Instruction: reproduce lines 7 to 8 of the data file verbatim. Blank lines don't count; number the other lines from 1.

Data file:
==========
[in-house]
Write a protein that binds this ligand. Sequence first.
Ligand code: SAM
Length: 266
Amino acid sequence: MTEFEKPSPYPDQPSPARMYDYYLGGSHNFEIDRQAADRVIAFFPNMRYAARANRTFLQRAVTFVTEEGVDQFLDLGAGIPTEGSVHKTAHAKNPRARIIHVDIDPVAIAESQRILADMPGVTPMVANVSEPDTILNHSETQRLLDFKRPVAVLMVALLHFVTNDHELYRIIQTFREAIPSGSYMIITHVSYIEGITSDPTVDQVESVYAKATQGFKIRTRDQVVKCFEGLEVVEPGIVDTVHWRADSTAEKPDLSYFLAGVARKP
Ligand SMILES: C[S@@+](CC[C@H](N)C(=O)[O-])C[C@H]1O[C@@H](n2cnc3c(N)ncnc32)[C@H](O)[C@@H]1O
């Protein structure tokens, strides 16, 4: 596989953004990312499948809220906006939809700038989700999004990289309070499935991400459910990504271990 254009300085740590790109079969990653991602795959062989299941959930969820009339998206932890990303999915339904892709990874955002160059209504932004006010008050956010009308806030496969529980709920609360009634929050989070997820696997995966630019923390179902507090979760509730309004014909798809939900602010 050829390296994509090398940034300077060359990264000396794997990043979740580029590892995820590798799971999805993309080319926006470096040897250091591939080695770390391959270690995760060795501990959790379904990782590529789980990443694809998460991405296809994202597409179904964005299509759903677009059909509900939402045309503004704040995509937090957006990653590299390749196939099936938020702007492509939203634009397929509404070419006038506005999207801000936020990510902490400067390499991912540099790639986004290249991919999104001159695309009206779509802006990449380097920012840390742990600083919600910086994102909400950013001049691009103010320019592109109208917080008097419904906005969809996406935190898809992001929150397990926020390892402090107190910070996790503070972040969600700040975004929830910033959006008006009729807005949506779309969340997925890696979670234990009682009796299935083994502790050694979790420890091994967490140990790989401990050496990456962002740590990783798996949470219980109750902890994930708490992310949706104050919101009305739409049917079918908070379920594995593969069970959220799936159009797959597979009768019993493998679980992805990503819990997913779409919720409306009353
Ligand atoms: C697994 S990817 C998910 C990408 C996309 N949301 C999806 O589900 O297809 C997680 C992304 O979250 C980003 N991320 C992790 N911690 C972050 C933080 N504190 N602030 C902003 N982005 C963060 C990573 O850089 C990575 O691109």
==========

């Protein structure tokens, strides 16, 4: 596989953004990312499948809220906006939809700038989700999004990289309070499935991400459910990504271990 254009300085740590790109079969990653991602795959062989299941959930969820009339998206932890990303999915339904892709990874955002160059209504932004006010008050956010009308806030496969529980709920609360009634929050989070997820696997995966630019923390179902507090979760509730309004014909798809939900602010 050829390296994509090398940034300077060359990264000396794997990043979740580029590892995820590798799971999805993309080319926006470096040897250091591939080695770390391959270690995760060795501990959790379904990782590529789980990443694809998460991405296809994202597409179904964005299509759903677009059909509900939402045309503004704040995509937090957006990653590299390749196939099936938020702007492509939203634009397929509404070419006038506005999207801000936020990510902490400067390499991912540099790639986004290249991919999104001159695309009206779509802006990449380097920012840390742990600083919600910086994102909400950013001049691009103010320019592109109208917080008097419904906005969809996406935190898809992001929150397990926020390892402090107190910070996790503070972040969600700040975004929830910033959006008006009729807005949506779309969340997925890696979670234990009682009796299935083994502790050694979790420890091994967490140990790989401990050496990456962002740590990783798996949470219980109750902890994930708490992310949706104050919101009305739409049917079918908070379920594995593969069970959220799936159009797959597979009768019993493998679980992805990503819990997913779409919720409306009353
Ligand atoms: C697994 S990817 C998910 C990408 C996309 N949301 C999806 O589900 O297809 C997680 C992304 O979250 C980003 N991320 C992790 N911690 C972050 C933080 N504190 N602030 C902003 N982005 C963060 C990573 O850089 C990575 O691109």